WEDNESDAY: The Edinburgh Cello Sonata in F Major Opus 13


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ONCE A year Lady Genevese Forsythe did her husband the honour of performing with him the signature piece that had earned him fame and that was so dear to his heart. She had stopped playing piano some twenty years earlier herself, but this request of his, that she play the Edinburgh with him on this occasion, she could not refuse. She had little choice in the matter. Since she stopped playing he would have no other accompanist, and so he publicly proclaimed that he would never perform it again except with her because she was the only person who understood the essence of the piece, and more importantly, who understood him. It was a work she adored as well with all her heart, and so just to hear it again she acquiesced, and at the same time on the same night for twenty years, they played the Edinburgh together in the salon at the mountainside castle that was the namesake for the glorious Edinburgh Cello Sonata in F Major.

Alexander had stopped writing music for the cello after he finished the Edinburgh; he simply did not think he could ever do better than that, a sonata so intense that twice it put him at death’s door from fever and exhaustion. It was so lovingly wrought and technically accomplished that the thing nearly drove him mad before he finished it, and it drove audiences wild when they heard it, for it completely subverted traditional conventions of the sonata form, borrowing things from all the great masters but introducing his own innovations that sniffed at his forebears and sought out new territory to explore. It consisted of only two long movements, beginning with a dazzling cello cadenza that outlined the central motifs, introduced odd rhythms and harmonic textures, and several perplexing changes of key and meter. By the time he came to the final fermata, Lady Genevese was seated at the Imperial Bösendorfer, poised and ready.

Alexander wrote the elegiac opening of the Andante to symbolize his bountiful love for his wife, and he gave her a stark, single melodic line from the beginning that could have left no tear unshed, and then a lush layer of harmonies to surround him when he came in, as he wished nothing more than to be loved by her always, and the harmonies that carried the melody lifted up the line until they were resounding together in perfect fourths at forte fortissimo in a grand kind of solemn march. In the Allegro Vivace, he portrayed the spirited nature of their courtship with striking rhythms and many off-beat accents, and he often shouted directions to her such as Lay into it here! Make it dance off the page! The section ended in a flourish, him playing pizzicato in unison with the piano for 32 enraptured bars. When that ended with a sheer drop off of sound, he let her slowly introduce the passionate Adagio, where she returned her love for him in minor and diminished chords as he bowed softly below the beautiful harmonies he gave her. They moved through a myriad of complex meters and modulations, solemnly returning to D minor. Gently, he whispered, as he increased his own bowing to try to match the intensity with which she played.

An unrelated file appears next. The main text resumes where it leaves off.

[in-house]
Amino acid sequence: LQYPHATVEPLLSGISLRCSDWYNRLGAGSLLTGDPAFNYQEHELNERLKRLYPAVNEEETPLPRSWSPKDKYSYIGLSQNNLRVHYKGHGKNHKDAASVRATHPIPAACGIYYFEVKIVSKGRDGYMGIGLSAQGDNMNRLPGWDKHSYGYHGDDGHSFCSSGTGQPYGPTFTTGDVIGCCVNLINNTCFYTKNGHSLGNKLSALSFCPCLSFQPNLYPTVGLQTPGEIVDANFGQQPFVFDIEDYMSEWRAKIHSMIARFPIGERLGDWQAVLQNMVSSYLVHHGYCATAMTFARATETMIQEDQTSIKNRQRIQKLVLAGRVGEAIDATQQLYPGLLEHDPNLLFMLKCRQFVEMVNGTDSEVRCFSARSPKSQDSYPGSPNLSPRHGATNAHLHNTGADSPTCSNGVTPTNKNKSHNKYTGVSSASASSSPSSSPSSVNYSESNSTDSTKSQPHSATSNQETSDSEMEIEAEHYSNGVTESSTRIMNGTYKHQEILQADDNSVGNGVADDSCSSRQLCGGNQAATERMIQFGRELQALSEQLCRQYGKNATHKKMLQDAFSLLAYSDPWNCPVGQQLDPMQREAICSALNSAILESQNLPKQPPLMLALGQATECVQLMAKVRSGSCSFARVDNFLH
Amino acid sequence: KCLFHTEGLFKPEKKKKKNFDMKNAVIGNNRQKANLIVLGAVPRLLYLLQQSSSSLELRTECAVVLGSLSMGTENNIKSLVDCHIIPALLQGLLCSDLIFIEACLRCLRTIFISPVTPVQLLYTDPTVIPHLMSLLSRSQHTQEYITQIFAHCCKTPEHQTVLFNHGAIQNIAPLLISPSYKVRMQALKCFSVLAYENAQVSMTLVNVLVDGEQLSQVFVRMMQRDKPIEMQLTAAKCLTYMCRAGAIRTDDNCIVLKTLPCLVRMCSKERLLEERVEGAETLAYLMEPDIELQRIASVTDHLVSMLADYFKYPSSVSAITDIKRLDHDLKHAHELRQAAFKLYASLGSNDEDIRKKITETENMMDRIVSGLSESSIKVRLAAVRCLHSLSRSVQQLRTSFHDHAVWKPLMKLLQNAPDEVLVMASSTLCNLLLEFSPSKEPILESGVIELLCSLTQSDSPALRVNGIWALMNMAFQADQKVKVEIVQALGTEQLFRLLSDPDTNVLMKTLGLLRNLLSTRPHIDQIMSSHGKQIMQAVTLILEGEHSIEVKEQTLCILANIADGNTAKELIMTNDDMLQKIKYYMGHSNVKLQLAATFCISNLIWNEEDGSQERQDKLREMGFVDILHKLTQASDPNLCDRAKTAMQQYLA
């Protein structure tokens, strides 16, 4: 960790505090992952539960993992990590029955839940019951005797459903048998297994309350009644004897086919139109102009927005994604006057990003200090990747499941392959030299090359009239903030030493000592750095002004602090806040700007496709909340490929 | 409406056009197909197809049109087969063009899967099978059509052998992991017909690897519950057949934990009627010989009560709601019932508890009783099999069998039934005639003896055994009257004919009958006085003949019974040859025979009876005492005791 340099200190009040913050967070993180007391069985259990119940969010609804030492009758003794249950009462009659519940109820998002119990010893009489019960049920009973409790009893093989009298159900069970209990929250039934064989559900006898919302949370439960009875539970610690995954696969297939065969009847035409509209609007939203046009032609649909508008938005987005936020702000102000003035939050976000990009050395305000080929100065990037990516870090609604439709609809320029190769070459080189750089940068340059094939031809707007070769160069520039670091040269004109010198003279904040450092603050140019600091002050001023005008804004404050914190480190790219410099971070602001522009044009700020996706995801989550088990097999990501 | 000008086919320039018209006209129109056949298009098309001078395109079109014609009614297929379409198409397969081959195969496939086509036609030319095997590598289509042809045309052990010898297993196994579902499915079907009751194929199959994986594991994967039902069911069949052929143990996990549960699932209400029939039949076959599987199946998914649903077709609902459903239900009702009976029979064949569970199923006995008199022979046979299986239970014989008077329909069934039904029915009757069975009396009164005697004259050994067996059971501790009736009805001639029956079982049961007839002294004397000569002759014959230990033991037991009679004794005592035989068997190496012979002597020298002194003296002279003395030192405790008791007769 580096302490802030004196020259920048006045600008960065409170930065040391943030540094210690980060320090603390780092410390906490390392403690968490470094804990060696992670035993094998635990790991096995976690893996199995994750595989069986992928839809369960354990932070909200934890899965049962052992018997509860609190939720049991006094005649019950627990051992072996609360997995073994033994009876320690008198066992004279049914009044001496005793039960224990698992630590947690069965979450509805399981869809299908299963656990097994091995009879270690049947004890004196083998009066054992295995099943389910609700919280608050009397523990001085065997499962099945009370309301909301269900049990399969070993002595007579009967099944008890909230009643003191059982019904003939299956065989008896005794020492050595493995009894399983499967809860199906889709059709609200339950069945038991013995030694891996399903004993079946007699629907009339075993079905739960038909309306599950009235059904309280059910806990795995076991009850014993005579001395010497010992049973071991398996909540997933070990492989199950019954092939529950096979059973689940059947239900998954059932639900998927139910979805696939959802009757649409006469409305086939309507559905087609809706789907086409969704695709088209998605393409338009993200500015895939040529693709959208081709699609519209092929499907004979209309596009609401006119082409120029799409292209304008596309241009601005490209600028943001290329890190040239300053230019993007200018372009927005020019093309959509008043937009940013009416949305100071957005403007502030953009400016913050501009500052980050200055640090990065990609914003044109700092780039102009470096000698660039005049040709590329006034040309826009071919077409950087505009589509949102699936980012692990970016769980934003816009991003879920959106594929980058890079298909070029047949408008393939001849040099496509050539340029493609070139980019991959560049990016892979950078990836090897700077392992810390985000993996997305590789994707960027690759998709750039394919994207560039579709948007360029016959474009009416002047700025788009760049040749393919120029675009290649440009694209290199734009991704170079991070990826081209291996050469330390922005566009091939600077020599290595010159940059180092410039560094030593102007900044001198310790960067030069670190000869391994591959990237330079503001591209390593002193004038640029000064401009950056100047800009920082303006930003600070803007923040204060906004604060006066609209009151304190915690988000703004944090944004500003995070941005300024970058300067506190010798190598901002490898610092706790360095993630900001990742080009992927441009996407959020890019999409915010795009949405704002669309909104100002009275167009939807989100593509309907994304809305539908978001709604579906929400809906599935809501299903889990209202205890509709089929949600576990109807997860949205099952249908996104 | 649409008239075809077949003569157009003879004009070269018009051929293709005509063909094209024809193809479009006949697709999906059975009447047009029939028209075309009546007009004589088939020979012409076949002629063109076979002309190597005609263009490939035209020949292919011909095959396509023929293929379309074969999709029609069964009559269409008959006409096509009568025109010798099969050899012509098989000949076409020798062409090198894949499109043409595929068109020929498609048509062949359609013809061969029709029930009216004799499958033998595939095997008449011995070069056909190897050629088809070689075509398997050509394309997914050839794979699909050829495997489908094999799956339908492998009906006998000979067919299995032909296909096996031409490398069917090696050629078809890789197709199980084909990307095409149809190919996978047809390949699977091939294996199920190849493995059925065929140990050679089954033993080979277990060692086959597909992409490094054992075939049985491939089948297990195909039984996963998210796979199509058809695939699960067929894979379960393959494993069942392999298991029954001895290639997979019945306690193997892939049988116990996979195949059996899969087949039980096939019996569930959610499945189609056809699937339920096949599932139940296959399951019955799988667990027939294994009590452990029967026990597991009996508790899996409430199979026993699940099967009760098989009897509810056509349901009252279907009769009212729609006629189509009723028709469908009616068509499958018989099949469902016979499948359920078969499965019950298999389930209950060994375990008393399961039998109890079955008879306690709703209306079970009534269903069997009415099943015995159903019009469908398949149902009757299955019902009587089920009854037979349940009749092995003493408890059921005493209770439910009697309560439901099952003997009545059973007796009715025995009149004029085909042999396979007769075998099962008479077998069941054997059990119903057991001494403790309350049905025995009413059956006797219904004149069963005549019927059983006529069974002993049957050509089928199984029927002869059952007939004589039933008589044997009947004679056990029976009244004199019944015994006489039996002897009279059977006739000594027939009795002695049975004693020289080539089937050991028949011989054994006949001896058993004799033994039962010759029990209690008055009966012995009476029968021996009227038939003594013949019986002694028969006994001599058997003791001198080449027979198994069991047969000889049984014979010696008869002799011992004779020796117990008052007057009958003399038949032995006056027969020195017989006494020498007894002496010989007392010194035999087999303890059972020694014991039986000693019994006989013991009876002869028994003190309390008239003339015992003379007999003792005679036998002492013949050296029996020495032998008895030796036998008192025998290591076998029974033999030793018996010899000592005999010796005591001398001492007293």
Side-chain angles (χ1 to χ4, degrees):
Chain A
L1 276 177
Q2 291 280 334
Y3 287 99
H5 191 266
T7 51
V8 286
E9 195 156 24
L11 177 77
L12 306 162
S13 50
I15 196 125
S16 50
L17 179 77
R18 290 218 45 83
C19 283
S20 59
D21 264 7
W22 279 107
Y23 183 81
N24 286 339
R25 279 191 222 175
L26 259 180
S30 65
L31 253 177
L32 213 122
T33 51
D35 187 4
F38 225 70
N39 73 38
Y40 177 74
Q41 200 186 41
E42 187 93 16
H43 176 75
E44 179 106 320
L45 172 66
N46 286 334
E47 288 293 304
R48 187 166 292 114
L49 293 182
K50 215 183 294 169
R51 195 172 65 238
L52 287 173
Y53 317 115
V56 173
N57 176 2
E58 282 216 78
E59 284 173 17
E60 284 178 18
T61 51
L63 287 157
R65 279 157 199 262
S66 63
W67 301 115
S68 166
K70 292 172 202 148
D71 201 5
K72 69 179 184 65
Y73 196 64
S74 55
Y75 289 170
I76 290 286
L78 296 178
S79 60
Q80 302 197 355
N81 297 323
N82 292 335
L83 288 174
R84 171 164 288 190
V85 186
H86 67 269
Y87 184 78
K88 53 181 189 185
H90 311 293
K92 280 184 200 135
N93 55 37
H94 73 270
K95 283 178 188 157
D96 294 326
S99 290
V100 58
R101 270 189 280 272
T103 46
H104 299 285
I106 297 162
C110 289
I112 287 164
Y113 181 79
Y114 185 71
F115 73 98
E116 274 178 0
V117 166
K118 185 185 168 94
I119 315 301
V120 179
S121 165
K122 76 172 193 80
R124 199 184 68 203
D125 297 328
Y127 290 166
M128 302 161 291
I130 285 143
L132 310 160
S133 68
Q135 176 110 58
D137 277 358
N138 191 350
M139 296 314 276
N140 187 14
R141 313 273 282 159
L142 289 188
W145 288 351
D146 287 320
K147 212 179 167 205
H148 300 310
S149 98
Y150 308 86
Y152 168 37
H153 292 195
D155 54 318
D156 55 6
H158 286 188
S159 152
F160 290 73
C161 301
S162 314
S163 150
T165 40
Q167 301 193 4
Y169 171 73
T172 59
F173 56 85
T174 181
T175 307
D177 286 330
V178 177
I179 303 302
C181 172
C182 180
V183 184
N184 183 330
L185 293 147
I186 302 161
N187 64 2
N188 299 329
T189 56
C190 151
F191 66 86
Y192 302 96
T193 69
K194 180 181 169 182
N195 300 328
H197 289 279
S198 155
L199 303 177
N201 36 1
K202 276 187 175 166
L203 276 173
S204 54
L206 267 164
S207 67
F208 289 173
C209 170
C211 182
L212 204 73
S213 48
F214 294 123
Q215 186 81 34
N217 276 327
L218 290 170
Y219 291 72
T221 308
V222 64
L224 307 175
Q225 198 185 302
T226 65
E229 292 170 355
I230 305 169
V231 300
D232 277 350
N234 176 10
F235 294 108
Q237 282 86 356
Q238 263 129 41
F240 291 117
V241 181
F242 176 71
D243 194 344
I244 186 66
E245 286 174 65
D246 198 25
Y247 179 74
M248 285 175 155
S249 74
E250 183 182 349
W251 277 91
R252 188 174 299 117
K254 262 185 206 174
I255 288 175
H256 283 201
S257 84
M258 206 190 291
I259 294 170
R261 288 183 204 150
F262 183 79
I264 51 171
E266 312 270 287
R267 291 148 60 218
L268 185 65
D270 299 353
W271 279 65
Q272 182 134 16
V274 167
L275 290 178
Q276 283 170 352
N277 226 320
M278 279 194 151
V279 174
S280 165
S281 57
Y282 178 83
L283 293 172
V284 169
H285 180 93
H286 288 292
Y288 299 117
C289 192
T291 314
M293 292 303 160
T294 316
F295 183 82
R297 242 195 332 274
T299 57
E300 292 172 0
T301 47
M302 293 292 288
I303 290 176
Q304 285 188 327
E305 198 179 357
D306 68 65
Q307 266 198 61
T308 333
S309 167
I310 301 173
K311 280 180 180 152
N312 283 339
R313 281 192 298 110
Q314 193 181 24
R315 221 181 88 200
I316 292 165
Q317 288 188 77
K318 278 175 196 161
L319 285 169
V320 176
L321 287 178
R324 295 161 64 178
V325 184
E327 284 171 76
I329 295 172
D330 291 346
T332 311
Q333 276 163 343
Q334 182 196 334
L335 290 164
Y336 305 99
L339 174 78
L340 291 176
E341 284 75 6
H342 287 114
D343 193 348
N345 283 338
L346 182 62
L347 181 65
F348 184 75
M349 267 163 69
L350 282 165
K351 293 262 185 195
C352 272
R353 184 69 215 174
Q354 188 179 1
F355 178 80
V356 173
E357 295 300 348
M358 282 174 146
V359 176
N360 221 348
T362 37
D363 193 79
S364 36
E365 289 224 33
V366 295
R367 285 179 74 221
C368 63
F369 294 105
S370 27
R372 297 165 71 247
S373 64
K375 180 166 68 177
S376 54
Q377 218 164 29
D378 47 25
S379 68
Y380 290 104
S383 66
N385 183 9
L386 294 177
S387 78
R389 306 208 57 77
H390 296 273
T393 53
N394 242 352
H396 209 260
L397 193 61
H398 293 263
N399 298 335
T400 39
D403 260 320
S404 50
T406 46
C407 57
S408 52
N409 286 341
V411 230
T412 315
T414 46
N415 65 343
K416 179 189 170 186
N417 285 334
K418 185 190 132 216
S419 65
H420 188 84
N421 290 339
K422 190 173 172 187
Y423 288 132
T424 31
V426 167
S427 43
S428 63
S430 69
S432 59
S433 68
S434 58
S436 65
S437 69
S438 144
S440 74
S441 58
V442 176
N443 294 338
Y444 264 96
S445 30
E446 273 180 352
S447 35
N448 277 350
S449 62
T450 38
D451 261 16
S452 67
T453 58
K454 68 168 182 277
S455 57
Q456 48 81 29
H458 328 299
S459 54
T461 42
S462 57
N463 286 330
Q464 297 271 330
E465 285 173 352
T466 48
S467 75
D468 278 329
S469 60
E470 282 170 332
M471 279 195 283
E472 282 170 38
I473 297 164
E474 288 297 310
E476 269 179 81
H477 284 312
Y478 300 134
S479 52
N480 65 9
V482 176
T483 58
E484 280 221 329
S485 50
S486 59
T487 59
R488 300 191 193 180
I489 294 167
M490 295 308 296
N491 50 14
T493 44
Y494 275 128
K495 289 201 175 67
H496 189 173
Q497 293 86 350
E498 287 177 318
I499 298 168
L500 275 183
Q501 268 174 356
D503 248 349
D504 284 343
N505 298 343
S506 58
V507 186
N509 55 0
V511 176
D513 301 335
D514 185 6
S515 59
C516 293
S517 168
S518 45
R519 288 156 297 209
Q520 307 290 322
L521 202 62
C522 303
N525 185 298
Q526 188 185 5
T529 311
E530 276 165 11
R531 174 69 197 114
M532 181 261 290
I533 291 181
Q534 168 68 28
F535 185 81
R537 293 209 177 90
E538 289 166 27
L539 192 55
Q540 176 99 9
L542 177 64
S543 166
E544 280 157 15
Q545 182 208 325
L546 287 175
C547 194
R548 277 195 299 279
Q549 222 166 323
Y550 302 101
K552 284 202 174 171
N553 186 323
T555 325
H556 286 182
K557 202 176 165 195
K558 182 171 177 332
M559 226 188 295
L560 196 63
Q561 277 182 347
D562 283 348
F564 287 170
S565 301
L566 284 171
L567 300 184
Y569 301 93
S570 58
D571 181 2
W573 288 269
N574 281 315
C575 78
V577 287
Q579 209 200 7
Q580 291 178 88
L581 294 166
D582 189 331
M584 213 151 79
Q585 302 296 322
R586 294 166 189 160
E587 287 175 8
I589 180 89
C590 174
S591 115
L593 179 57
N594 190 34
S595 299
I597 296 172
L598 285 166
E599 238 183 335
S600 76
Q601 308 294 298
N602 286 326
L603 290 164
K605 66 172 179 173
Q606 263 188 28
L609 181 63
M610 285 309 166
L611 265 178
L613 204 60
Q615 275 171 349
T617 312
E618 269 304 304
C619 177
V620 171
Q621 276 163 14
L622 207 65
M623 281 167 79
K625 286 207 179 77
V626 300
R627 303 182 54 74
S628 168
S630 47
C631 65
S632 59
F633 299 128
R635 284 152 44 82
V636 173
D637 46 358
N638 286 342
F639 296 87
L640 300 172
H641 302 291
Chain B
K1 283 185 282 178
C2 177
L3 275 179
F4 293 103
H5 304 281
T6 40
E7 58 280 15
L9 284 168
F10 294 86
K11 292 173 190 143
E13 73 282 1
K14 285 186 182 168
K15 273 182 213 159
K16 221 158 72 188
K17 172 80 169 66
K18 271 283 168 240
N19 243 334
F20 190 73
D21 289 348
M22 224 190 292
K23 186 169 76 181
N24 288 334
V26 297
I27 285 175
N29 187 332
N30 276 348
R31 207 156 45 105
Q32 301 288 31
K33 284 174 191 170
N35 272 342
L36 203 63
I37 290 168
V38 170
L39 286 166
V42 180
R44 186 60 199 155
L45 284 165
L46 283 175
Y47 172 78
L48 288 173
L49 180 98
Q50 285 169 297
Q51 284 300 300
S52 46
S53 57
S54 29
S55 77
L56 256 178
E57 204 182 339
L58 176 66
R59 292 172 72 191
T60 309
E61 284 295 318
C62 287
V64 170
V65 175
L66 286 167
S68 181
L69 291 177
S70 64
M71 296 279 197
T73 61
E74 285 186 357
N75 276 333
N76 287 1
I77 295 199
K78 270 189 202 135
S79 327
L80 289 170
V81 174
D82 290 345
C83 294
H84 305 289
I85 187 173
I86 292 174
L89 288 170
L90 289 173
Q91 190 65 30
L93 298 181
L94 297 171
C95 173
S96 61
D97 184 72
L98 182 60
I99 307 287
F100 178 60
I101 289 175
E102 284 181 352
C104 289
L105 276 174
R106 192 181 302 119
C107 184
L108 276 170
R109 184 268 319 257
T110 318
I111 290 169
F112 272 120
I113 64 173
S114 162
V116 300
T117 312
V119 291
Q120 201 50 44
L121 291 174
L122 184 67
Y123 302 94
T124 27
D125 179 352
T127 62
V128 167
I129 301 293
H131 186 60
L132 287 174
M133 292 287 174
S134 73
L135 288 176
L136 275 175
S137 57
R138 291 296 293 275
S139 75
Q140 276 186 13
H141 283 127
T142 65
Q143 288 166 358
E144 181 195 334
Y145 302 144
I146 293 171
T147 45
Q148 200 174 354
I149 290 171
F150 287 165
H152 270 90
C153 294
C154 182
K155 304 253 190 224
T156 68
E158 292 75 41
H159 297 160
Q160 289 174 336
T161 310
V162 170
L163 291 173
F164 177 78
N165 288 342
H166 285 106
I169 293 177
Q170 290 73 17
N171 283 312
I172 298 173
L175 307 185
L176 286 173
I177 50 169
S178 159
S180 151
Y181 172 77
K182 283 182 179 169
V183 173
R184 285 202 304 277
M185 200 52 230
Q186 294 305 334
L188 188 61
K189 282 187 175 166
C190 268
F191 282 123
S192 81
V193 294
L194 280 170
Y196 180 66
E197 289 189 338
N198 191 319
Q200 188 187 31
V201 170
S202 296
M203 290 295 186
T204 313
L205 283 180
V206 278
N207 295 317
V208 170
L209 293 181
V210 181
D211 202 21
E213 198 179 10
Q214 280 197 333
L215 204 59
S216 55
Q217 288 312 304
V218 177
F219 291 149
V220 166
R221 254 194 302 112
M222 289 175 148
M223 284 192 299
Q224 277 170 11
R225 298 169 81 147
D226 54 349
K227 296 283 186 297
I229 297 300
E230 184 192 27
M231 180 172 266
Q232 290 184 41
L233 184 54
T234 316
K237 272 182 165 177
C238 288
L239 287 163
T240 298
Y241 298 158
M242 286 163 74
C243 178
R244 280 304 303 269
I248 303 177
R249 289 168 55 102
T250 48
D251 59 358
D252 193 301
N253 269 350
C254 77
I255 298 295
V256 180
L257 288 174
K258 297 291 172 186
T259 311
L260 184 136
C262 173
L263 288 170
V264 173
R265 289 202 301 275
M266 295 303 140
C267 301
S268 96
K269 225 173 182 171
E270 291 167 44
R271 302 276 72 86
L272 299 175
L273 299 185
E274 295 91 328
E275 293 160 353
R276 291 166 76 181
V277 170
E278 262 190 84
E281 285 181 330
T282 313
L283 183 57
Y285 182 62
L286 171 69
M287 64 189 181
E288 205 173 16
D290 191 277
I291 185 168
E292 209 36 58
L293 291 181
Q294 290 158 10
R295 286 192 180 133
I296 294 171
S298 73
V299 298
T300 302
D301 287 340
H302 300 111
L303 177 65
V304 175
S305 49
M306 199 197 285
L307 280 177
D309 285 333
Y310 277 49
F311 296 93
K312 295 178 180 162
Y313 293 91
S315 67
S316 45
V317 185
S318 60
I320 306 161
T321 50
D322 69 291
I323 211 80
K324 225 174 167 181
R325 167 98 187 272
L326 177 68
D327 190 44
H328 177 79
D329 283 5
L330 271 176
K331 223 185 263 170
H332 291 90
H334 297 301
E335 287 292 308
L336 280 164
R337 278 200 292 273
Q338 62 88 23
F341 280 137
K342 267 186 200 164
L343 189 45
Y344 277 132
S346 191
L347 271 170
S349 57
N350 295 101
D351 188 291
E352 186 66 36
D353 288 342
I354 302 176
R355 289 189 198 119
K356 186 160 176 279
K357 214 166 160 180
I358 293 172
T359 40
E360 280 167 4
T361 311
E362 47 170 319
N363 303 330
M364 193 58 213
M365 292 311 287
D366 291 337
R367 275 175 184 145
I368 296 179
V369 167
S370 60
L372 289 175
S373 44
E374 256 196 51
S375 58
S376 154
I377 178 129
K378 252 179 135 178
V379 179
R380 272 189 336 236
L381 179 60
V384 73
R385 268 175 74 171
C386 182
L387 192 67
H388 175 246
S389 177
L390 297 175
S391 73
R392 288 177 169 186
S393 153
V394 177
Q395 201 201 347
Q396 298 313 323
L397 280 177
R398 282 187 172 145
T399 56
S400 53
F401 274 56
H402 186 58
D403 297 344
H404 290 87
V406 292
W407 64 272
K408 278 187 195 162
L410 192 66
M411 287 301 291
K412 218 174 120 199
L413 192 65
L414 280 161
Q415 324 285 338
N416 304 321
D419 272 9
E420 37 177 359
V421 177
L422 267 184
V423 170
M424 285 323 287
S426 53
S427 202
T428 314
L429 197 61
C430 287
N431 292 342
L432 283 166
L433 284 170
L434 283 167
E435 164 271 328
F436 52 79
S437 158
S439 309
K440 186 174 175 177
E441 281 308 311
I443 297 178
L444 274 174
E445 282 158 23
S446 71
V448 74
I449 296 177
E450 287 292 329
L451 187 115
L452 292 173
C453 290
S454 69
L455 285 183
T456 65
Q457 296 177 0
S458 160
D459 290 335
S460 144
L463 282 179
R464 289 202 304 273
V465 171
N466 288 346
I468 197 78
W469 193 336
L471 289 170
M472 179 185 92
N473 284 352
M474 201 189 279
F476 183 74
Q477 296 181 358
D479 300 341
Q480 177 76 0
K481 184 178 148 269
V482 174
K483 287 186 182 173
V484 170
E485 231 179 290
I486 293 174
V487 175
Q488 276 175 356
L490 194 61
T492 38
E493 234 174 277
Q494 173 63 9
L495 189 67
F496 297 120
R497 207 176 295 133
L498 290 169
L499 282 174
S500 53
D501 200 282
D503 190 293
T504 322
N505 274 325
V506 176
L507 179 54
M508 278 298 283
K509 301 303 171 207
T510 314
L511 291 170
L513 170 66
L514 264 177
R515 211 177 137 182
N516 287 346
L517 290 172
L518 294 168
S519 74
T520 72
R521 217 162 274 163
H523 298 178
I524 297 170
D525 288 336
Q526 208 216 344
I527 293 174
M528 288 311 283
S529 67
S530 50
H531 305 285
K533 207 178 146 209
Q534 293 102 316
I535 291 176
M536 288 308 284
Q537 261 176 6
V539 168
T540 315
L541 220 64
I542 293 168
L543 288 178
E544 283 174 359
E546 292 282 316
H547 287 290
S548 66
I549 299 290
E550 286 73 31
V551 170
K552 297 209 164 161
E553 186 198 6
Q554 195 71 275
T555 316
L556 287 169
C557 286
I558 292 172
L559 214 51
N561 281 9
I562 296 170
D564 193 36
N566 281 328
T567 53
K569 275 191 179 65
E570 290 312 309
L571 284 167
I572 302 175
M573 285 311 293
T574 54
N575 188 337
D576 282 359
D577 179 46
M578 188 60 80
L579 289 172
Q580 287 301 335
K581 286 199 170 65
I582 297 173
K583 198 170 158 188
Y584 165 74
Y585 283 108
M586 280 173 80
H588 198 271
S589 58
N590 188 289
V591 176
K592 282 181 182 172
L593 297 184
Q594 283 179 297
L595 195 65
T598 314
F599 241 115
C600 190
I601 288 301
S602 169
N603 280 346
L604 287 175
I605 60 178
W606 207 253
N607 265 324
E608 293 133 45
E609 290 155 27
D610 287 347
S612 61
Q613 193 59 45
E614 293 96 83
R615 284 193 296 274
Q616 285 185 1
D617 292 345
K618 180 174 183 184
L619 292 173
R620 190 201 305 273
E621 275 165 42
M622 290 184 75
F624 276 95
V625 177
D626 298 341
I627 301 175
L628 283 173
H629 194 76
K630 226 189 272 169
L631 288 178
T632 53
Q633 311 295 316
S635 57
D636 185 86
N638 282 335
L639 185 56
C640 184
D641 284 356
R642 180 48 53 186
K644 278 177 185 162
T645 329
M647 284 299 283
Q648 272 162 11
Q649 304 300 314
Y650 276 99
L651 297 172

In the Allegro Presto they burst wildly into the F major as if being chased by the ghosts of madness and lust; they frolicked in a field of sexual desire, attacking cascading arpeggios and sixteenth note triplets that taxed every technical skill they possessed, exhuming from them guttural sounds that referenced the act itself laid bare on a concert stage; their playing was almost conjugal, their chemistry bestial. He forced her to stretch her hands completely, needing both her little fingers and thumbs to assail the polyrhythmic harmonic clusters. His own counter rhythms and interweaving melodic lines found her again as they ran towards the resolution that always left him both exhilarated and in tears, for the end of the piece meant she would again leave him and quietly disappear back to the crypt where she would lay in darkness until the next year when they would reprise the Edinburgh cello sonata together on the anniversary of her death.

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1 comment
  1. Music speaks what words can never express. I’d love to hear the Edinburgh, if only in my mind.

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